Life is full of ups and downs, we know that, but when we are on an up we rarely think (or want to think) about our low points. Equally, when things are great we may not notice when things are particularly shit for someone else. We may see a few bad days, but unless they tell us themselves, we don't always appreciate the severity of the situation.
I have been reminded recently of a particularly low point in my life; when I was suffering with Hyperemesis gravidarum. Obviously it is not something I will ever forget, If asked 'will I have a third child' I have a quick recap of the events and answer, under no uncertainty, 'no'. However, with Kate Middleton announcing her third and suffering, and a good friend also struggling with HG, it has been on my mind more often of late. Finally last week I was reminded by Facebook of a post I made three years ago. I can't remember the exact wording now, but it was casually put. Something along the lines of, 'In hindsight moving to a new town (where I know no one) the week HG hits- probably not my best idea'. The wording is insignificant, what is important is how I felt while writing it. As I pressed those buttons on my phone my head was lingering over a bucket, tears were streaming down my face, my body felt broken, and killing myself seemed like a good option. Dark and depressing, yes, but did anyone know how I felt? No. My post had been a rather poor attempt at a cry for help. I needed looking after. I knew no one. My family and friends were hours away, and I wasn't coping. My husband was aware things were hard, but he had to work, particularly as he was starting a new job, and I had to look after my first born, who was running riot. I needed help. No help came.
It took me quite a while to get over the fact that no one came. Yes the post evoked a few 'poor thing' type comments, but I hadn't wanted sympathy. I felt worthless. Looking back now, from my good place, with my two happy, healthy children, it is obvious why no one came. Had I picked up the phone and said, please please come, I have been sick forty five times this morning, my three year old has gone feral and I can't see the light at the end of the tunnel, I'm certain my Mum or Mother in Law or Sister or Brother would have dropped everything to help. If I told my husband how bad things really were, if he couldn't be there, he would have found someone that could. But I didn't. Even in my time of need I was too proud, too shy, too paranoid of being seen as an unfit parent, so I kept my lips sealed. Please don't be like me.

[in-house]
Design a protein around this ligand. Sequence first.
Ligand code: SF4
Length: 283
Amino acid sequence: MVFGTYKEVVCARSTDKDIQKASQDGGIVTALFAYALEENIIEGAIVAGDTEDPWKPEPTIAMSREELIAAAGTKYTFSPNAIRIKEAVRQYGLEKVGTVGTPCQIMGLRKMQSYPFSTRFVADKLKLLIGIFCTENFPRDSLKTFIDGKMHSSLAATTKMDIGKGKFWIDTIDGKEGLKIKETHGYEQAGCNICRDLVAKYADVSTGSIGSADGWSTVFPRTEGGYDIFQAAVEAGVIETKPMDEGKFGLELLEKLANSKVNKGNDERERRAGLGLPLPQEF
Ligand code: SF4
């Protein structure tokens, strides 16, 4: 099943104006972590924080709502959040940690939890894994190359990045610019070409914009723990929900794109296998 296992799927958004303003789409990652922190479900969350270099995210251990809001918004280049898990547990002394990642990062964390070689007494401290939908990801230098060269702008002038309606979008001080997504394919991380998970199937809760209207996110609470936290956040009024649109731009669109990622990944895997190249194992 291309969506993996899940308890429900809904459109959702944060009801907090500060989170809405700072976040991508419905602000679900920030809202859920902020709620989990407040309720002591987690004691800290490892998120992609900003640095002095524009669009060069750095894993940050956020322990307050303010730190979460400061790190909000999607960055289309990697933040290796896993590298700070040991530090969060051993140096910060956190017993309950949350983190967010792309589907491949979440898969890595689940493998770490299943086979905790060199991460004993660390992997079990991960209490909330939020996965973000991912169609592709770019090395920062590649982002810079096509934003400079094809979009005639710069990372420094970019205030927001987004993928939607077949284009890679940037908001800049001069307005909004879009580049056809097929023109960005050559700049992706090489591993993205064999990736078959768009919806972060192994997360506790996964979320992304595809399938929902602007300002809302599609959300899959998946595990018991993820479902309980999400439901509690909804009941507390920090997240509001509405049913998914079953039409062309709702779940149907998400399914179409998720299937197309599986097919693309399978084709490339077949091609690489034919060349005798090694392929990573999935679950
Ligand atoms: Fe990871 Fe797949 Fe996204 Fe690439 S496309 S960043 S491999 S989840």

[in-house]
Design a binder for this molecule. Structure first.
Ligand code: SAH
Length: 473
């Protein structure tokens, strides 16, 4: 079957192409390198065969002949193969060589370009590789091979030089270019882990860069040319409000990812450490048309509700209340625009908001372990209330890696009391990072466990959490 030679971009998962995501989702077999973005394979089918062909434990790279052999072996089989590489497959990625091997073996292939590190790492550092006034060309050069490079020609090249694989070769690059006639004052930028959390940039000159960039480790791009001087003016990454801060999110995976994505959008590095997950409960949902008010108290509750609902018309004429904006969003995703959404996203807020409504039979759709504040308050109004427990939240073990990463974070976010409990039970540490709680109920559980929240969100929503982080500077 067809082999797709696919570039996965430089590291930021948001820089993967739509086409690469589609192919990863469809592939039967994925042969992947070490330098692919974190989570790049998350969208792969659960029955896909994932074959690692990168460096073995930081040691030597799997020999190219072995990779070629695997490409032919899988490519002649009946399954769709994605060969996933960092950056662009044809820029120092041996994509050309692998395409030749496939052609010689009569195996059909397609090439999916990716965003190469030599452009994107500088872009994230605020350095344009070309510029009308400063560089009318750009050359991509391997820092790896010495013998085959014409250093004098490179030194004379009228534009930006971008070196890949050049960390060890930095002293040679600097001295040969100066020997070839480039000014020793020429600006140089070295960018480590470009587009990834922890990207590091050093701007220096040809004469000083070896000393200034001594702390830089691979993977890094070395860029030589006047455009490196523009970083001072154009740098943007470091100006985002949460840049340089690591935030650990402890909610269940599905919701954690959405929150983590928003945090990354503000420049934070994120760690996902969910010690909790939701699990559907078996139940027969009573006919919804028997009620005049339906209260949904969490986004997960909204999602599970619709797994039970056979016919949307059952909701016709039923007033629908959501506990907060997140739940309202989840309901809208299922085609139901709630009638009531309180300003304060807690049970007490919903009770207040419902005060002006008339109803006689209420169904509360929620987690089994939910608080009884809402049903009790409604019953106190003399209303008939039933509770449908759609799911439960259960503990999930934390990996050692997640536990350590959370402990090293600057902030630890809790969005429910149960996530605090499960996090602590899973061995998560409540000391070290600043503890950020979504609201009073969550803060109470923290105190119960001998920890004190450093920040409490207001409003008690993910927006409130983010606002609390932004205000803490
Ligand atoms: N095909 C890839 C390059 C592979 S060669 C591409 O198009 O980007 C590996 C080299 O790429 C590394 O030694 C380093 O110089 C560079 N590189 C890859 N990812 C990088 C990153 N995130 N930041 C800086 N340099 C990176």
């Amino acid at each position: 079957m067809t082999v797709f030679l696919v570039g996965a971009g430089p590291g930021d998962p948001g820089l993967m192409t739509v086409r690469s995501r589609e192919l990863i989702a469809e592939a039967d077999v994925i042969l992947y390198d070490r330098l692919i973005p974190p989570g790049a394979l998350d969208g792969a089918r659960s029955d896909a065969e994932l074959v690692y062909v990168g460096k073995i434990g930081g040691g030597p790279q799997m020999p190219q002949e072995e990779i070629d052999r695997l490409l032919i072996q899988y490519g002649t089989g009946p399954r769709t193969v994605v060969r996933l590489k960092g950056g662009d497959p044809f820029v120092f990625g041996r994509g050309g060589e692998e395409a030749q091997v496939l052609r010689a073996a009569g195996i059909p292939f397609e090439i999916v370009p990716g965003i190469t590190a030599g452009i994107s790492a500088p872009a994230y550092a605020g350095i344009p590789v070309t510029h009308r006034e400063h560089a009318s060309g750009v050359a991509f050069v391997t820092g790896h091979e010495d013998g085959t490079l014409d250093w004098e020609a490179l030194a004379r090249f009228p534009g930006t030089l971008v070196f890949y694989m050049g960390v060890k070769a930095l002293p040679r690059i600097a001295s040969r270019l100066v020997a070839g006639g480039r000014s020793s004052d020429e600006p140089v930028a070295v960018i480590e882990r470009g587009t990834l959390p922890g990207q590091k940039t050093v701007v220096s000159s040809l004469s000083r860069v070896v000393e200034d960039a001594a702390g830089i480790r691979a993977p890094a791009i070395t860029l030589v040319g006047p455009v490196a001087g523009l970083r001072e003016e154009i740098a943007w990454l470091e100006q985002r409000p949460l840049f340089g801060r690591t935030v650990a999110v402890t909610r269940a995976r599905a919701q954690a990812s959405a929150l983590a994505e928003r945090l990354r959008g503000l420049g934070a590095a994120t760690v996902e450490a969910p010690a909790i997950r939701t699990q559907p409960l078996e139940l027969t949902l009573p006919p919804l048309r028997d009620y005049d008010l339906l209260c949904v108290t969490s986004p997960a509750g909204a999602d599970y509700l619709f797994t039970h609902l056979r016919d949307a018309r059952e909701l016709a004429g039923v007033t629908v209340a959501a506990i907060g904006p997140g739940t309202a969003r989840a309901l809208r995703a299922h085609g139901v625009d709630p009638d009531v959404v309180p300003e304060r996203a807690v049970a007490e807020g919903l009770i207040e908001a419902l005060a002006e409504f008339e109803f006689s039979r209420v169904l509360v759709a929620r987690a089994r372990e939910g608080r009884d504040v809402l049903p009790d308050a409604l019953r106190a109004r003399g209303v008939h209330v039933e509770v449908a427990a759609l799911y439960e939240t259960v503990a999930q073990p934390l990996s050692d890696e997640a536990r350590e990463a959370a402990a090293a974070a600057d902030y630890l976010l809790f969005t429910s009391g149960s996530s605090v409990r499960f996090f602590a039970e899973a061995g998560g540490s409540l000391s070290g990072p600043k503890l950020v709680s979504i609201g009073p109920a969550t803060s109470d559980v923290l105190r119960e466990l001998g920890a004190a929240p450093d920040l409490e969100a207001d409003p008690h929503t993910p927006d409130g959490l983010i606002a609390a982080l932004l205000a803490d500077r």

Luckily, we got through it, the good thing about HG is that it ends, but there are so many things that don't. There are so many things that feel like they will never end even when, deep down, you know there is an end in sight. We have all become just a bit too worried to accept help from other people that many of us would rather not ask at all. The saying goes 'it takes a village to raise a child' and as old fashioned as it may seem, it is entirely true. If you shout from the rooftop, the neighbours will come running. There will always be someone to help prep a meal, babysit your child, collect a sibling, and every little helps. I simply ask, when things get too much for my friends and family, if they are ill, sleep deprived, recovering or have simply taken too much on, please just pick up the phone. Don't be proud, I will always be there for you.